Executory Contracts Rejected In Chapter 11 Bankruptcy; How Does This Impact Midstream Providers?

A recent bankruptcy court decision could have wide-reaching implications for pipeline operators. Judge Shelley C. Chapman of the United States Bankruptcy Court, Southern District of New York, ruled last week that Sabine Oil & Gas, a bankrupt independent producer, could withdraw from its contract obligations with midstream providers to ship hydrocarbons through the pipelines of two different companies, even though the agreements governing their relations specifically stated that debtor/trustee Sabine's obligation to dedicate acreage to the agreements were covenants running with the land. This decision, which is at odds with rulings from other courts, sent shockwaves throughout the industry as shares of major pipeline operators fell upon news of the ruling, with the Dow Jones index of pipeline operators ending down more than five percent.

The ruling by the Bankruptcy Court is the first major test of whether Chapter 11 can be utilized to terminate an executory contract with midstream providers. Section 365(a) of the Bankruptcy Code provides that a trustee (or debtor-in-possession) may, subject to court approval, assume or reject any executory contract of the debtor. An executory contract is a contract under which there are material, unperformed obligations of both the debtor and the other party to the contract. A debtor's decision to assume or reject an executory contract must be based on sound business judgment. In this case both contracts declared that the debtor's obligations "run with the land."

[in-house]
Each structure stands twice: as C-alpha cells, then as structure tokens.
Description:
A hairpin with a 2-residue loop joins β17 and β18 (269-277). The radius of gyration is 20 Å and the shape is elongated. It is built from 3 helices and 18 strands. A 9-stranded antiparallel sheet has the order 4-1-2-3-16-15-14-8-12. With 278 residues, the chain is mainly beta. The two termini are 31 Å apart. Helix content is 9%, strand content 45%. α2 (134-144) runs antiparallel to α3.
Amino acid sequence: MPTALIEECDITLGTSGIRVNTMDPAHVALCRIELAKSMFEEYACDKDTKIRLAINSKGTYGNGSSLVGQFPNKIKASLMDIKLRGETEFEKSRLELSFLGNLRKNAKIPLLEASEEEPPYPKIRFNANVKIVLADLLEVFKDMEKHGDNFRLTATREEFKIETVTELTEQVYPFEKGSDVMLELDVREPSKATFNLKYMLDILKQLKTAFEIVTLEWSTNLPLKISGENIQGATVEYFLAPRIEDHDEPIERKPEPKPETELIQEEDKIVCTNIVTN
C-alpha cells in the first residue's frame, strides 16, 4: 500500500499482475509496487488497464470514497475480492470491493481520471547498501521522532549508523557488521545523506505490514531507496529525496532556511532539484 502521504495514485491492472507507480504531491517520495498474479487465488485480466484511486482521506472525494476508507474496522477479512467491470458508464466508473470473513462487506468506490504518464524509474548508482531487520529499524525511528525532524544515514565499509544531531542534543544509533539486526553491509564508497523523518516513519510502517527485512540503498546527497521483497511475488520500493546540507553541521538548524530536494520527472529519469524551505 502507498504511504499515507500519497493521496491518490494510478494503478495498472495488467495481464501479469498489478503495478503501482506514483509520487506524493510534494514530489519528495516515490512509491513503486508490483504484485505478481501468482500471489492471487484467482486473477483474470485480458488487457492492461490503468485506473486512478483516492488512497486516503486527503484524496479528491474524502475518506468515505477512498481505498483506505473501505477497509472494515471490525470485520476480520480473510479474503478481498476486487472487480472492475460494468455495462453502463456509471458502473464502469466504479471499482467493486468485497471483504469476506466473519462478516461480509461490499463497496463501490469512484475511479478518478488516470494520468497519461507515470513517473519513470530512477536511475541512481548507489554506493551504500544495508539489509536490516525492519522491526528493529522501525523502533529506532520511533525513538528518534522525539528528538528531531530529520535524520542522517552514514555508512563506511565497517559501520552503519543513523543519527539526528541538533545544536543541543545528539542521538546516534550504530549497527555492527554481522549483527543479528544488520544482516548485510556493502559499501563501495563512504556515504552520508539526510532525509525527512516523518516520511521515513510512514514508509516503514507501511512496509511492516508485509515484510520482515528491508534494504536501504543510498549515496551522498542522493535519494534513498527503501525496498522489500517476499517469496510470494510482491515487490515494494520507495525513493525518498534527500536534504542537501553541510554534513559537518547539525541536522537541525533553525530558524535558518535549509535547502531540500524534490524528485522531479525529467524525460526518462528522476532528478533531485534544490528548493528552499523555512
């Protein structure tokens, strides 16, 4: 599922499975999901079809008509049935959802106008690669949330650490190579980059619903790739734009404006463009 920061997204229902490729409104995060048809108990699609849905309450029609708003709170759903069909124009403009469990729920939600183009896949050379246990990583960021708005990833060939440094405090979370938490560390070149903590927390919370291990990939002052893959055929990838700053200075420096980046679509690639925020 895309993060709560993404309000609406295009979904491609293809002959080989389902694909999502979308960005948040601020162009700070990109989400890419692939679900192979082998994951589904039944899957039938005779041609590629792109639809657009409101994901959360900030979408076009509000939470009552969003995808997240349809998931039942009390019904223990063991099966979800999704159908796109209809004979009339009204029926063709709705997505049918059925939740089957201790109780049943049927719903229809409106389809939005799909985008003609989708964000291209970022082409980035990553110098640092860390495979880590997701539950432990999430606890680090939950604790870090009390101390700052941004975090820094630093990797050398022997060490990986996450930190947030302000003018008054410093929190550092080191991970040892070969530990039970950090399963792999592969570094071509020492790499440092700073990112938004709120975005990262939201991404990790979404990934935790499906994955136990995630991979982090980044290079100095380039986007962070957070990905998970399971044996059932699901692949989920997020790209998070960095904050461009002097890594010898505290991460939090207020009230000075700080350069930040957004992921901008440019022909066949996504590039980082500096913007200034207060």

While the Court decided that the contracts could be rejected as a "reasonable exercise of business judgment," for procedural reasons it did not make a final determination on whether Sabine's obligations under the contracts were covenants running with the land. Nevertheless, Judge Chapman devoted ten pages to an analysis of Texas property law before concluding that "the Court preliminary finds that none of the covenants runs with the land either as a real covenant or as an equitable servitude." The decision is not binding on any other court, but it may encourage other struggling producers to follow suit at a time when many oil and gas companies are one step ahead of bankruptcy.

Ultimately, last week's ruling covered four specific midstream agreements entered into by a single debtor. More debtors may attempt rejection and trial and appellate courts will have to consider the laws of the oil producing states before the issues raised in Sabine are fully settled.

In light of this decision, mid-stream providers should consider taking actions that can strengthen their position and bargaining leverage in the event of a bankruptcy filing.

If you have any questions, please contact Risa Wolf-Smith and Matt Ochs (Bankruptcy), or Chris Jones (Oil & Gas).


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